Study of the impact of energy consumption structure on carbon emission intensity in China from the perspective of spatial effects

  • Hongwei Xiao
  • Zhongyu Ma
  • Peng Zhang
  • Ming Liu
Original Paper


From now until 2030, China will be in a sprint to achieve reductions of 40–45% in carbon emission intensity by 2020 and 60–65% by 2030 compared to 2005; rigid requirements have thus been imposed for controlling carbon emission intensity. In this study, a spatial Durbin model that integrates a spatial lag model and a spatial error model is used to measure the degree of influence held by the energy consumption structure and other factors over carbon emission intensity and the spatial spillover effect. The results show that there is a spatial demonstration effect on the reduction in interregional carbon emission intensity in China. While the carbon emission intensity in the adjacent region decreases by 1%, the carbon emission intensity in this region will decrease by 0.05%, indicating that China’s regional low-carbon development model is also applicable to neighboring provinces and plays a large role in driving and demonstrating a low-carbon economy. Every additional 1% improvement toward optimizing the energy consumption structure enables the carbon emission intensity of the region to decrease by 0.21%; further, there is a positive spatial spillover effect driving carbon emission intensity decreases in neighboring areas of 0.25%. Industrial structure, energy intensity, energy price, and level of openness are the main factors influencing regional carbon emission intensity. According to the “14th Five-Year Plan,” there is an urgent need to optimize the energy consumption structure in the medium and long term and give full play to its ability to contribute to declines in carbon emission intensity.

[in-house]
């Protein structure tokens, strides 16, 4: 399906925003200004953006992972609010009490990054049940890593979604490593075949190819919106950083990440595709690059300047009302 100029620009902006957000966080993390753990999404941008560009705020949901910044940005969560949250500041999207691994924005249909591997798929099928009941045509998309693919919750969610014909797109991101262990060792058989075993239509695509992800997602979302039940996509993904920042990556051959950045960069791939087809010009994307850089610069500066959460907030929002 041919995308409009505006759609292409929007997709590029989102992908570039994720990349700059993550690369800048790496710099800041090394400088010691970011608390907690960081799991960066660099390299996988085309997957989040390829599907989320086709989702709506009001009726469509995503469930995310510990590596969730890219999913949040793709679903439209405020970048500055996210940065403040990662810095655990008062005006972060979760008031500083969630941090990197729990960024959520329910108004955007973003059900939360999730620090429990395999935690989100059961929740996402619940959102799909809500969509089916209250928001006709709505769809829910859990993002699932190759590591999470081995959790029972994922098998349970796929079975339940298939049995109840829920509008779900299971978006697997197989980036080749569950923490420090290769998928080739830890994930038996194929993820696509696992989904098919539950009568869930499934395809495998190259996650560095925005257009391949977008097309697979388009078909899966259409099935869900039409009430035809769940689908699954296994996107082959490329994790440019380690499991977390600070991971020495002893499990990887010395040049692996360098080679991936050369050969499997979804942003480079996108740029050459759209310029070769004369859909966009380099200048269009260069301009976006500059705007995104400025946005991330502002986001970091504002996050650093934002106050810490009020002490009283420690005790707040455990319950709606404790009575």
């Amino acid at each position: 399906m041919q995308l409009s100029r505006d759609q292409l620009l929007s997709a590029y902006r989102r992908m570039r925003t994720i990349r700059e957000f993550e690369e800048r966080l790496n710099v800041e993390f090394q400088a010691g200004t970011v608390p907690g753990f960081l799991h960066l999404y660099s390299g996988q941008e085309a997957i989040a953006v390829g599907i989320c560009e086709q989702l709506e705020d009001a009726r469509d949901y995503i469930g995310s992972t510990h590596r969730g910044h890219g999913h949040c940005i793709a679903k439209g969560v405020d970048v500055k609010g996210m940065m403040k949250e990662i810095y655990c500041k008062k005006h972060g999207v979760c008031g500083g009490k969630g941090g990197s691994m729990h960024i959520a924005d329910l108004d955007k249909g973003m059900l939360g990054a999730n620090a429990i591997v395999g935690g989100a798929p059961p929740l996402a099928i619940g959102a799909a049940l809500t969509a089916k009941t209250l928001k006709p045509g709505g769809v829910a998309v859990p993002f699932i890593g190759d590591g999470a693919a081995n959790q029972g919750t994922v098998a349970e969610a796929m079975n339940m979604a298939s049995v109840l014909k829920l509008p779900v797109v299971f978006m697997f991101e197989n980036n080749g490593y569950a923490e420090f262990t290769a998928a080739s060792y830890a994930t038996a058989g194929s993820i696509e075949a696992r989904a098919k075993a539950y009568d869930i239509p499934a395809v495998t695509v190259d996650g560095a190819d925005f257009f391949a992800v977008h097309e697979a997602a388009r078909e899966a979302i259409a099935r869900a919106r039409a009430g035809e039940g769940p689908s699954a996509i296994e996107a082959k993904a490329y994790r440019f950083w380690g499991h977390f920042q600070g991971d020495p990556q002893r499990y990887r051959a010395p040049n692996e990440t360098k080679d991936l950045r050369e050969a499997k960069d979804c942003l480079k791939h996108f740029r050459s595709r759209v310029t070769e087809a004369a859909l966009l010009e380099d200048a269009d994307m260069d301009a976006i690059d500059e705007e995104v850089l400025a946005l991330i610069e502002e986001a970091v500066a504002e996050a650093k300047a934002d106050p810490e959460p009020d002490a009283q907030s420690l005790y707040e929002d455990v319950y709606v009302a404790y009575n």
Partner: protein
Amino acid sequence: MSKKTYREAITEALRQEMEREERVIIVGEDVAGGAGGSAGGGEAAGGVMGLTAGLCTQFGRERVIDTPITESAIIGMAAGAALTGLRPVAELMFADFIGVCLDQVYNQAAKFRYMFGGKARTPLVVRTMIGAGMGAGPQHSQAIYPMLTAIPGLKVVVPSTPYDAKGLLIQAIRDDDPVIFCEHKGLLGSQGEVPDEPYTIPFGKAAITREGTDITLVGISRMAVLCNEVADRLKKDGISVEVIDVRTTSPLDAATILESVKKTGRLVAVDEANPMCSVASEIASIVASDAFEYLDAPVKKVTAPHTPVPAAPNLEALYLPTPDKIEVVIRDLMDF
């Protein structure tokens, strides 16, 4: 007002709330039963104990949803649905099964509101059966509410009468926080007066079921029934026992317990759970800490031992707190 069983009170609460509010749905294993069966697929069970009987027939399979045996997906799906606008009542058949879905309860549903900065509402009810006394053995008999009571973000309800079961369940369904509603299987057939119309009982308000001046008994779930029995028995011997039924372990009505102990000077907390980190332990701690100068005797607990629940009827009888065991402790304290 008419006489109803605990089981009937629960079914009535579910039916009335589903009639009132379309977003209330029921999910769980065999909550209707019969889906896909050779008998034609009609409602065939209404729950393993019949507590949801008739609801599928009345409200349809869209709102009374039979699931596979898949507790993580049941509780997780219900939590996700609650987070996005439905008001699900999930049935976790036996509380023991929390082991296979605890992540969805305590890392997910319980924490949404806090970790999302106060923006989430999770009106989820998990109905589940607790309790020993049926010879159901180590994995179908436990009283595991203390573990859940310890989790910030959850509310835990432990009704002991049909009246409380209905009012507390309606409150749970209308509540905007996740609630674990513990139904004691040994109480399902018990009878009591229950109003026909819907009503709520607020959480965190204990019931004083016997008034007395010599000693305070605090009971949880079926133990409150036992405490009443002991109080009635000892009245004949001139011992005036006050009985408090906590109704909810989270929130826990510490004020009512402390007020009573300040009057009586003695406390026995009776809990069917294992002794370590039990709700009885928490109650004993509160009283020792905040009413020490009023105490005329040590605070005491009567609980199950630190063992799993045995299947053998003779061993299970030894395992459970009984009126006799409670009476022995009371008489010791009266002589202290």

Energy consumption structure Spatial Durbin model Carbon emission intensity Demonstration-driving effect Spatial spillover 



This research was supported by the National Key R&D Program of China (2016YFA0602601), Special Items Fund of Beijing Municipal Commission of Education of China, Program of Beijing Energy Development Research Center of China (NYJD20170101), and National Social Science Fund of China (15ZDA011).


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© Springer Nature B.V. 2018

Authors and Affiliations

  1. 1.Economic Forecasting DepartmentState Information CenterBeijingChina
  2. 2.Beijing Energy Development Research CenterBeijingChina
  3. 3.State Information CenterBeijingChina
  4. 4.School of Environment and Natural ResourcesRenmin University of ChinaBeijingChina

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